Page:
The National Association of State Public Health Veterinarians and the Council of State and Territorial Epidemiologists have released a joint statement urging federal agencies to restrict the importation and exportation of native and foreign wildlife to protect public health.
The statement recommends that the recently instituted federal ban on the importation and movement of African rodents and prairie dogs be expanded to restrict the importation, exportation, and movement of all exotic wildlife. The statement also recommends that a working group comprising representatives from the national Centers for Disease Control and Prevention, the Department of Agriculture, the Food and Drug Administration, the U.S. Fish and Wildlife Service, and the NASPHV and CSTE be formed to develop the restrictions on wildlife trade.
In the June 26 statement, the NASPHV and the CSTE said: "A lucrative and largely unregulated trade in imported exotic wildlife is thriving in the United States. This trade poses a risk of introducing and disseminating exotic zoonotic pathogens. These pathogens threaten both human and animal health, and have the potential to become established and maintained in native animal and insect reservoirs."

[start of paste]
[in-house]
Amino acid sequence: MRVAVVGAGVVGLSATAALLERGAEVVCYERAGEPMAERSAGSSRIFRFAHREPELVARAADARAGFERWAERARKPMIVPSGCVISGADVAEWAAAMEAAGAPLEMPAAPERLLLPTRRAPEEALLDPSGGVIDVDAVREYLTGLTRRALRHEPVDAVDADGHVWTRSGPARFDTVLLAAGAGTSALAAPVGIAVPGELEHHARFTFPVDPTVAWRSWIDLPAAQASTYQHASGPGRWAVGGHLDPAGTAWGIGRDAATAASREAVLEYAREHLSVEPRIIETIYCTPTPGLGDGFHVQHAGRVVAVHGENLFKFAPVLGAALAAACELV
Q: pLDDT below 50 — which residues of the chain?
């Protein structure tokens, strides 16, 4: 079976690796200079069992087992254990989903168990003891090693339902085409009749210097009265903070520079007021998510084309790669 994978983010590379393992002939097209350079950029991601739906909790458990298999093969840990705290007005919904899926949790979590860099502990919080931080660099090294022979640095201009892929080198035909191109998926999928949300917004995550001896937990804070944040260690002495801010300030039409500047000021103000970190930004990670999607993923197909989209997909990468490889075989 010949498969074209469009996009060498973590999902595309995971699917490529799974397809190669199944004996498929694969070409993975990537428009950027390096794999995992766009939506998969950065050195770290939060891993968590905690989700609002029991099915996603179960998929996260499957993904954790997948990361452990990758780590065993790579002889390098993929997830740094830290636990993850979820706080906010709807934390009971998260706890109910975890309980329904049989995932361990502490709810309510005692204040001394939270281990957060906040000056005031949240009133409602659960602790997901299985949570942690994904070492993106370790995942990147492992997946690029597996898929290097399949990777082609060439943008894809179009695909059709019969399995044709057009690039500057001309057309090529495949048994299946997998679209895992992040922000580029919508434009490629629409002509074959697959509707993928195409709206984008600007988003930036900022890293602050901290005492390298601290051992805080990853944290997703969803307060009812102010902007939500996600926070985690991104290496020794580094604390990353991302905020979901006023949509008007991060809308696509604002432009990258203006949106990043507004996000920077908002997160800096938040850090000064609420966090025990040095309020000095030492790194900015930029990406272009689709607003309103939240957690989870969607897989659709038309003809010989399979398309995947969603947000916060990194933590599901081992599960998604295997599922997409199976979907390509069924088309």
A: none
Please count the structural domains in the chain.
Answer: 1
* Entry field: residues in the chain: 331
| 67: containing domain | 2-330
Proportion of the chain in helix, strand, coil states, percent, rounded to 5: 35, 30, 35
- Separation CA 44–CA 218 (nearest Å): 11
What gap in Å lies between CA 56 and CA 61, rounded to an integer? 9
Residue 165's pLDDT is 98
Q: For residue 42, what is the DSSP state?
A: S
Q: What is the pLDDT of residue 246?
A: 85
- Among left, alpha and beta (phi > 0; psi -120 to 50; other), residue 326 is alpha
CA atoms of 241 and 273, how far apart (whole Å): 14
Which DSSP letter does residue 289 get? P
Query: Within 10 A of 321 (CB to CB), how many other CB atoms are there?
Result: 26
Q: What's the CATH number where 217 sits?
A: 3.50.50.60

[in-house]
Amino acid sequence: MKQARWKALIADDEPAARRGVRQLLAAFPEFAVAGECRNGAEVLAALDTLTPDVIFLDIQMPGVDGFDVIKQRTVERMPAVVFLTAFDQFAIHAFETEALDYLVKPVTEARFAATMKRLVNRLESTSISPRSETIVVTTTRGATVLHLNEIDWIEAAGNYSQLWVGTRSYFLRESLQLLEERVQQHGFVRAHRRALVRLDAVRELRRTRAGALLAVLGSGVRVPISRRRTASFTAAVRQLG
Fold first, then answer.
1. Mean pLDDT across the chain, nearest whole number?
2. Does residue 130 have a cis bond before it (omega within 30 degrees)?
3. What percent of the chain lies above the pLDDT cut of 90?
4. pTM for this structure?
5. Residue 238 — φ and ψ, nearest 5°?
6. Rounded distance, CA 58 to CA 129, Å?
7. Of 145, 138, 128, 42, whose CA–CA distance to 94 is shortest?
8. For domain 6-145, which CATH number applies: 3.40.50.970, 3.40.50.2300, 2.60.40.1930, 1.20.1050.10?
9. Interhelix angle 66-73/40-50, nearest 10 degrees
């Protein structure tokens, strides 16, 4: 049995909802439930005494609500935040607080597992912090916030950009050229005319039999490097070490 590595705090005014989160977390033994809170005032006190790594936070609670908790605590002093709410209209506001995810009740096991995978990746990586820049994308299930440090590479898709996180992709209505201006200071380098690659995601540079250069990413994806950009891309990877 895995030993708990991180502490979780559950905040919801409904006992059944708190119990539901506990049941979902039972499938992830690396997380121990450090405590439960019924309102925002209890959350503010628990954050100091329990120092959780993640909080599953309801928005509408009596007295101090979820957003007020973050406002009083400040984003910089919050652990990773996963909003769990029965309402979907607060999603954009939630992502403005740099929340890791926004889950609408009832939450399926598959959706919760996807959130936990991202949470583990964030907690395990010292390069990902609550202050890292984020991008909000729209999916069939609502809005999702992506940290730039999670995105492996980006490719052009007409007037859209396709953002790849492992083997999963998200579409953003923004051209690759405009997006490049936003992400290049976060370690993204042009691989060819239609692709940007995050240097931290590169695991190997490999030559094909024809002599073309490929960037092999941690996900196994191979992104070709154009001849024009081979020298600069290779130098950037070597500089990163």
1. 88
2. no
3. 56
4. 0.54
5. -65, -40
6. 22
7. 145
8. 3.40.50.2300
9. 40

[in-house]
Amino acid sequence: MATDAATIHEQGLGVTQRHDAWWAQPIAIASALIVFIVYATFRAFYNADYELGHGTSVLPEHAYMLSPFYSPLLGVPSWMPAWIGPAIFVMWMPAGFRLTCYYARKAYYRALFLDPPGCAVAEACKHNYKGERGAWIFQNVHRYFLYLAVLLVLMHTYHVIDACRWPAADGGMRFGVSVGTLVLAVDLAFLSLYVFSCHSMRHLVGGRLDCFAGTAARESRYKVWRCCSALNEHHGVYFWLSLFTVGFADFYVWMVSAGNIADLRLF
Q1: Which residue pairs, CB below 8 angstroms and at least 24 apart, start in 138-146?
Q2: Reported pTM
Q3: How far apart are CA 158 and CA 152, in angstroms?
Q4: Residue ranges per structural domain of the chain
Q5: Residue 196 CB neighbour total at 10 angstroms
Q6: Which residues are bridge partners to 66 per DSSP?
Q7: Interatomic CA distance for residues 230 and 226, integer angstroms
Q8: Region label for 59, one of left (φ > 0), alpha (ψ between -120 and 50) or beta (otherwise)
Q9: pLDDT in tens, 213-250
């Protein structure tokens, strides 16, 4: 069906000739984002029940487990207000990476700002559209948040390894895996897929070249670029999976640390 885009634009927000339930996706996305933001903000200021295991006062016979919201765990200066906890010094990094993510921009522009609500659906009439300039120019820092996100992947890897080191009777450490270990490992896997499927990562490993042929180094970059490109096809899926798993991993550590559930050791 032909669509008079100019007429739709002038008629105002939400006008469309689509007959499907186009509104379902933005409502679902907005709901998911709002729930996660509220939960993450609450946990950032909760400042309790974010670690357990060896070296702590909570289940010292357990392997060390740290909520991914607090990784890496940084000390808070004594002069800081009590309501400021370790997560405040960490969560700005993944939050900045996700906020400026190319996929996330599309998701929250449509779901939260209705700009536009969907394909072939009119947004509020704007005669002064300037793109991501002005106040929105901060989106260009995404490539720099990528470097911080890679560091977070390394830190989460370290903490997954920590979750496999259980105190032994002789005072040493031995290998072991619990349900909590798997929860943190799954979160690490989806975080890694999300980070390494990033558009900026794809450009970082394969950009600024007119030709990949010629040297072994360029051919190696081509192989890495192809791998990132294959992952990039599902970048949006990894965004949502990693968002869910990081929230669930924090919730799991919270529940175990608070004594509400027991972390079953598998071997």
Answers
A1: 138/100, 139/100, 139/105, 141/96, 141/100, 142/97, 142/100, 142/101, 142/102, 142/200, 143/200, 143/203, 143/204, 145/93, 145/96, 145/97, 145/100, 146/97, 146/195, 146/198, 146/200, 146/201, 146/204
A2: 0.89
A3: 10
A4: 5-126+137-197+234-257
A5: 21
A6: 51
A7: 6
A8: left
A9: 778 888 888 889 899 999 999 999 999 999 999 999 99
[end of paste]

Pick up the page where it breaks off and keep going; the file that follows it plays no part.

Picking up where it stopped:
As an example, organizations pointed to a recent outbreak of monkeypox in animals and humans that was traced back to animal dealers selling exotic wildlife as an example. In response to that outbreak, officials from the CDC and the FDA implemented and emergency executive order June 11 restricting the movement of African rodents and prairie dogs.
The full statement is available online at www.cste.org/PS/2003pdfs/03-ID-13%20-%20FINAL.pdf.